342 Mass. 200

January 6, 1961 - March 8, 1961

Suffolk County


A parcel of land owned by the Commonwealth adjacent to the location of a limited access State highway and leased by the Commonwealth under G. L. c. 81, Section 7C, as amended through St. 1950, c. 829, for use in private business for profit as a site for a gasoline station and a restaurant under a lease requiring the lessee to provide those and many related service for the benefit of the public travelling on the highway was, with the structures erected thereon, subject to the local real estate tax under G. L. c. 59, Section 3A.

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APPEAL from a decision by the Appellate Tax Board.

Walter Powers, (Walter White & Daniel Needham with him,) for the taxpayer.

Leo Sontag, Assistant Attorney General, for the Commonwealth.

George J. Elbaum, Assistant City Solicitor, for the assessors of Newton.

Kenneth E. Wilson, Carl V. Joslin, Jr., Edmund W. Nutter, Morton C. Jaquith, Harold E. Stevens, Bernard J. Lojko, John J. O'Shaughnessy, Jr., Roger P. Stokey, & William F. Looney, Jr., by leave of court, submitted a brief as amici curiae.

WHITTEMORE, J. This appeal by The Atlantic Refining Company (Atlantic) challenges the decision of the Appellate Tax Board that the board of assessors of the city of Newton had validly assessed to Atlantic the 1955 real estate tax on a gasoline station, restaurant building, and the associated site, on a limited access highway, Route 128, held by Atlantic as lessee from the Commonwealth, and occupied by Atlantic's sublessees, Howard D. Johnson Company and John C. Waller. The Commonwealth was allowed to intervene as party petitioner and has filed a brief in support of the appellant's position. Seven municipalities, as amici curiae, have filed a brief supplementing the assessors' brief.

The decision sets forth the admitted fact that the lessee and sublessees are operating private businesses for profit and, on the authority of Dehydrating Process Co. of Gloucester, Inc. v. Gloucester, 334 Mass. 287, rules that the assessment was authorized by G. L. c. 59, Section 3A. That section provides, relevantly, "Real estate owned by . . . the commonwealth . . . if used or occupied for other than public purposes, shall be taxed to the lessee or lessees thereof, . . . in the same manner and to the same extent as if the said lessee or lessees . . . were the owners thereof in fee . . .." Section 5, Second, of the same chapter, exempts from taxation "Property of the commonwealth, except . . . real estate taxable under section three A."

The lease to Atlantic was made under the authority of

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G. L. c. 81, Section 7C, as amended through St. 1950, c. 829, which provided that, "In connection with the laying out or alteration of a limited access highway, the department [of public works] may take . . . land or rights in land adjoining the highway location whose right of access has been acquired and may provide for abutting service facilities for gasoline stations, automobile service stations, restaurants, and comfort stations, the management and operation of which shall be entirely under the supervision, jurisdiction and control of the department, and the income from which shall go into the Highway Fund." [Note 1] Pursuant to this authority the department established sites of gasoline stations and public restaurants along Route 128, and leased the sites to Atlantic with many provisions to assure that the facilities would serve the public. [Note 2] The lease is terminable by the department if Atlantic should refuse "to make available the reasonable requirements of service for the motoring public." The site in Newton was added to the lease by an amendment made "in the interest of affording better service to the travelling public."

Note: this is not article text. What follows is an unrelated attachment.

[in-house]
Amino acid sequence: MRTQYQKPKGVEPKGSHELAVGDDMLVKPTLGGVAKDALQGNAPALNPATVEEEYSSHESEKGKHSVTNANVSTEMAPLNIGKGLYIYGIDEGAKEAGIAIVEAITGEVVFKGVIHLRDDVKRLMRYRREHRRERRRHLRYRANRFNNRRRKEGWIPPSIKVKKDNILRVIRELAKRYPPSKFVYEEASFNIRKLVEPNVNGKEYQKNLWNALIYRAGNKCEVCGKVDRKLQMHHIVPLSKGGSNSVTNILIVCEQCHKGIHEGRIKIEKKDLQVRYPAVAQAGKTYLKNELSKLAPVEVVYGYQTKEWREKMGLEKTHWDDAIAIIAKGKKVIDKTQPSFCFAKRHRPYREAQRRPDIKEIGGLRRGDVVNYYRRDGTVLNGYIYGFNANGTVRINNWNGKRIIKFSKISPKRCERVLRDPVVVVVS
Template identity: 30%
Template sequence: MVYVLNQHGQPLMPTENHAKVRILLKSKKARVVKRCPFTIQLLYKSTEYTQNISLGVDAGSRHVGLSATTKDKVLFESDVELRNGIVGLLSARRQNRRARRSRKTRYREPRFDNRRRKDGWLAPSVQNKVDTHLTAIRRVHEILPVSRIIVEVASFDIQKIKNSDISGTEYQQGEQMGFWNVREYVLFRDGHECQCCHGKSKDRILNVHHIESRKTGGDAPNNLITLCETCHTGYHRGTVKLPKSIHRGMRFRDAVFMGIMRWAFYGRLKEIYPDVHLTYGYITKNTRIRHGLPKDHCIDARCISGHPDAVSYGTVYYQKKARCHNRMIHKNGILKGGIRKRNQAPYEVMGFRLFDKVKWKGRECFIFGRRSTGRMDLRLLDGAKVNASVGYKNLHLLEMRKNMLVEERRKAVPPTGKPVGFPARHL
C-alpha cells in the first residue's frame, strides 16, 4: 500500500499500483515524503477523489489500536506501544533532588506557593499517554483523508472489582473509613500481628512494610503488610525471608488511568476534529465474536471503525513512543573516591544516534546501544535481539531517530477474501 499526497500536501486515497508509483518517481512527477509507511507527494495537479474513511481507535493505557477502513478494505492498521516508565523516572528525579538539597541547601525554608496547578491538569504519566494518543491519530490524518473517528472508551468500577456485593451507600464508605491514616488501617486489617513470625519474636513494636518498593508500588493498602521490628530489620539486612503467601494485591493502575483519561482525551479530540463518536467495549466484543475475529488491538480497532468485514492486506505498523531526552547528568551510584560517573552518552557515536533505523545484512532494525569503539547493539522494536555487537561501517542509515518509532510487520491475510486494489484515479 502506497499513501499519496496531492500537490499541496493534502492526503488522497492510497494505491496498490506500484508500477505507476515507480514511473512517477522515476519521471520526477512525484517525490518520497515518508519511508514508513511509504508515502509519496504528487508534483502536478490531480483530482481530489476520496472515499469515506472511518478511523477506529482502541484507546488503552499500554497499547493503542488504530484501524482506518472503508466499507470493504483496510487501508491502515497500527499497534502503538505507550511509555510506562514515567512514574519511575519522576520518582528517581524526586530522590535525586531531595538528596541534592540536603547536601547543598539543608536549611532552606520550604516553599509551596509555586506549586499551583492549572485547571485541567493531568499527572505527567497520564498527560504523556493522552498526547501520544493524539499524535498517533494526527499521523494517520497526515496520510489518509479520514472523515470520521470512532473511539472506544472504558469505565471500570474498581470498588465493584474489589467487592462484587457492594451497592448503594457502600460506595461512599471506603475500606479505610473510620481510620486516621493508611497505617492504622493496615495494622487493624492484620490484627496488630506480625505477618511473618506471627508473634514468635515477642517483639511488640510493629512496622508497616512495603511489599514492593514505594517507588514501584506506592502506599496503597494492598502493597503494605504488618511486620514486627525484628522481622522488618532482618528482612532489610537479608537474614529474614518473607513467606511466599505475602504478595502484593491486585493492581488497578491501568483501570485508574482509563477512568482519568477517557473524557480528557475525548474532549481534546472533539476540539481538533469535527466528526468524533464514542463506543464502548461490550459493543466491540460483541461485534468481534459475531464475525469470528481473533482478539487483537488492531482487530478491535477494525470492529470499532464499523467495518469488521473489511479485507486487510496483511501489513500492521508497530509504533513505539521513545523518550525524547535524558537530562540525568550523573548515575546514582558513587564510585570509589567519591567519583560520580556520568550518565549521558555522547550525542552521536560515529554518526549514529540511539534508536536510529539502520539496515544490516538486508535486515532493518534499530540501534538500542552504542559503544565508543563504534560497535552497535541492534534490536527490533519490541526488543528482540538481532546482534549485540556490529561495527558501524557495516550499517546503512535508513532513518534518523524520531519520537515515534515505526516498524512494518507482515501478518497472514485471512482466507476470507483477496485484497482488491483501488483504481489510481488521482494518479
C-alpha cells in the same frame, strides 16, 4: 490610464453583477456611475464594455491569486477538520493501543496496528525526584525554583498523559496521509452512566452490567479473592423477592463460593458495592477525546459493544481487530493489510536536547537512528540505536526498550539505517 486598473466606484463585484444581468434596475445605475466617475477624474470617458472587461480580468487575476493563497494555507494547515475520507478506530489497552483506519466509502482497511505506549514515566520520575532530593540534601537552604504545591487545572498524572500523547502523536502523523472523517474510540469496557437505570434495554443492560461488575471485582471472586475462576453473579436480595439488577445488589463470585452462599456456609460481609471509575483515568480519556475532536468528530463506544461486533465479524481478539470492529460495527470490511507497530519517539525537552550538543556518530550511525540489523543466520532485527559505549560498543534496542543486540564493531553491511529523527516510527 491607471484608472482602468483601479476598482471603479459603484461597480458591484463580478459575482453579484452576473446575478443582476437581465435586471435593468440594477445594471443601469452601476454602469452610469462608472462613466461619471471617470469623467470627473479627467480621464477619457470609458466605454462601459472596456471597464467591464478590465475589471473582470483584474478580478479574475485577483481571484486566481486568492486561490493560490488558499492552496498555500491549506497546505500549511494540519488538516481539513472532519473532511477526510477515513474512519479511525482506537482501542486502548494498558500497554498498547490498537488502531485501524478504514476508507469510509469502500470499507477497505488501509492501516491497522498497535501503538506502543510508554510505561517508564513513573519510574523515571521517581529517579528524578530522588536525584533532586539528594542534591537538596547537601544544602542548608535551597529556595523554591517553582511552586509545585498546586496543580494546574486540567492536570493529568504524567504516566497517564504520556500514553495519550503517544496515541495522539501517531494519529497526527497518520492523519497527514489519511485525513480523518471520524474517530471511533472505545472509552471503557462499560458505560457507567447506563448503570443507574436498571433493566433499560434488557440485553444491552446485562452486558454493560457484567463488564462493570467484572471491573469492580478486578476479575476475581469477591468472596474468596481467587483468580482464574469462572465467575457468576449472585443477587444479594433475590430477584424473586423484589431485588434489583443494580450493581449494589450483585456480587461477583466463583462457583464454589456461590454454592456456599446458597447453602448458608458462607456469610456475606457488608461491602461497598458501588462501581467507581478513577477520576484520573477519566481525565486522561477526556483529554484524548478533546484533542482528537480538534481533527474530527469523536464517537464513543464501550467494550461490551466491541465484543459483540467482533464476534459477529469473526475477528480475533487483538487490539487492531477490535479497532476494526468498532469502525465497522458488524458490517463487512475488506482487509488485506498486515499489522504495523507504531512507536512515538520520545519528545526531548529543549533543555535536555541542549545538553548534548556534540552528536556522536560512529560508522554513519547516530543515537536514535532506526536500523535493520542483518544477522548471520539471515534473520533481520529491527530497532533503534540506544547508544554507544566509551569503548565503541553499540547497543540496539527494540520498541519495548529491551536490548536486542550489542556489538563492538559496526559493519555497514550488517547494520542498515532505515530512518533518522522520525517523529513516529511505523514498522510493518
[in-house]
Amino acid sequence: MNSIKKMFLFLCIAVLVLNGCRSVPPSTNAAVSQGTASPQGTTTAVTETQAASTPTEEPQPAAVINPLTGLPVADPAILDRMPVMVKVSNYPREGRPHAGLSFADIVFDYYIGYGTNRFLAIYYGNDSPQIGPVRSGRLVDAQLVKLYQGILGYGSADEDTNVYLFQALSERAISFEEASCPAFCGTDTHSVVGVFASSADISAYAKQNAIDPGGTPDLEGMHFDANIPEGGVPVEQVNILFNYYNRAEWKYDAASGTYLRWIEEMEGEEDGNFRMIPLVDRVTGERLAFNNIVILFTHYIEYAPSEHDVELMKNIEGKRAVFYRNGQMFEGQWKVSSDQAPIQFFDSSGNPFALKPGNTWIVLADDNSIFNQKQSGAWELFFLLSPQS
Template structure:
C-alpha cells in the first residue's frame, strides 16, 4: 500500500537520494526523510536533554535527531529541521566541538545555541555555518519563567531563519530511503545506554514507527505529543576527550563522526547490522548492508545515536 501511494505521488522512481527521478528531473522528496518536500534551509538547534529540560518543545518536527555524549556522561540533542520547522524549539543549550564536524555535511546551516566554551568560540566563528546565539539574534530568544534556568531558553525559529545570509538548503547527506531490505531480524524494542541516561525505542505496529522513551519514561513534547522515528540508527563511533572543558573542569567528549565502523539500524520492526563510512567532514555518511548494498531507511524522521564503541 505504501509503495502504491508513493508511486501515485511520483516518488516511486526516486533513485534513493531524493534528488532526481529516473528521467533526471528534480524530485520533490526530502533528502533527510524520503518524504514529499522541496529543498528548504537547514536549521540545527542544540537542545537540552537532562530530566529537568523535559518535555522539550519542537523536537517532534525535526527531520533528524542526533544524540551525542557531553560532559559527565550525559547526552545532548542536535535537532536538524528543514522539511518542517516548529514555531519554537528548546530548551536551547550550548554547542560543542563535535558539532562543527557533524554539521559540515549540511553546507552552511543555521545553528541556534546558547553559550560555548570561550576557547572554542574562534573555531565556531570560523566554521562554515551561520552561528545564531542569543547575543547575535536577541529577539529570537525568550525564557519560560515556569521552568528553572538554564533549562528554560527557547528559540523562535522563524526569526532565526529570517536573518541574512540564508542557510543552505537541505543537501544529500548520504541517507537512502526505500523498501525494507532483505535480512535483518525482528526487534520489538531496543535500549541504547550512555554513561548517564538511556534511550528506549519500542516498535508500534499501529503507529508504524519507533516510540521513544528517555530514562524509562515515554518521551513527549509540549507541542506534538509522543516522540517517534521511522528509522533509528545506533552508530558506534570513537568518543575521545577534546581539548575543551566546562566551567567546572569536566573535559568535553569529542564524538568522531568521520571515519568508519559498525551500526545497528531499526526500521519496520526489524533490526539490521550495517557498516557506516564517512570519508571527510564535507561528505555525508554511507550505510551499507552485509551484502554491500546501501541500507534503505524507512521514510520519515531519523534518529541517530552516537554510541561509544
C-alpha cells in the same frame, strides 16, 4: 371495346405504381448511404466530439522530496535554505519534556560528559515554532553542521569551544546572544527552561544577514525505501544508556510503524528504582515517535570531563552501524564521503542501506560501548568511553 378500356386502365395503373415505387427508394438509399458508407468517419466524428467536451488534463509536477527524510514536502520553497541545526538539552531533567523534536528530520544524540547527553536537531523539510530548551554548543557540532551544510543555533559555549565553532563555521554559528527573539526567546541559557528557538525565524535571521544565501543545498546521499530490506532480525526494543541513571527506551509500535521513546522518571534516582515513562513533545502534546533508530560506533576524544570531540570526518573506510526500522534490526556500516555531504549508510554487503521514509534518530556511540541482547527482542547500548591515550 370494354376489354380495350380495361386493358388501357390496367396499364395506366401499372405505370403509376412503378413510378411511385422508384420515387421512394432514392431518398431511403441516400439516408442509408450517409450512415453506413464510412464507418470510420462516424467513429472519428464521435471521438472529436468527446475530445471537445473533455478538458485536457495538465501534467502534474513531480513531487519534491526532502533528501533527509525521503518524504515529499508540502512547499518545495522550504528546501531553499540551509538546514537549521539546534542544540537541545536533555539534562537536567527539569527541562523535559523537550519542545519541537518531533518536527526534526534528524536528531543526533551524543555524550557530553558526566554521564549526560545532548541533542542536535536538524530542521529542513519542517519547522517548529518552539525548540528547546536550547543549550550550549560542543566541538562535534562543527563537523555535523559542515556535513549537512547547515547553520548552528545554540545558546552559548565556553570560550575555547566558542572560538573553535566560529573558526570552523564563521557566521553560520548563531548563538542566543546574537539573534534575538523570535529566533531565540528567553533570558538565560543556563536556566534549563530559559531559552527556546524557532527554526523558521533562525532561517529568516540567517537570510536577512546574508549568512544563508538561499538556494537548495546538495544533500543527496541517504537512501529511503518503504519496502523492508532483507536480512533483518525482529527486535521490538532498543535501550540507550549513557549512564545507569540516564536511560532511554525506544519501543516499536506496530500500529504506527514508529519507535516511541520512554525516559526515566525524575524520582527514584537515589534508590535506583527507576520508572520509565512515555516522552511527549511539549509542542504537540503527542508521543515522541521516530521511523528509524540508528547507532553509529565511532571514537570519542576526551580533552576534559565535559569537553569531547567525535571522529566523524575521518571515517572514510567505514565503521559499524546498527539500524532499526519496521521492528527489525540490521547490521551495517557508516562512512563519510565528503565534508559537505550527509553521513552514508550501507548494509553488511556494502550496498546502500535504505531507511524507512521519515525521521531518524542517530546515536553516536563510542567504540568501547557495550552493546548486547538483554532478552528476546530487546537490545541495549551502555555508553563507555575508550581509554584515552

Thus it appears that the real estate comprising the facility is held by the Commonwealth for a public purpose, and is used by private businesses for their business purposes in a way that serves the public purpose. The issue is whether the business use is significant in construing G. L. c. 59, Section 3A.

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The question was noted in Cabot v. Assessors of Boston, 335 Mass. 53, 63-64, but not answered in that case because of the express exemption from taxation granted to the leased portion of the Boston Common and the garage property by St. 1948, c. 654, Section 1. The question as to yet another lease was answered in the Dehydrating case, supra, 334 Mass. 287, 292, where we held that the business use of the sublessees of the fish pier was use for "other than public purposes."

Before examining the distinctions on which Atlantic relies to make the Dehydrating case inapplicable, we review other related cases and principles and examine the statute.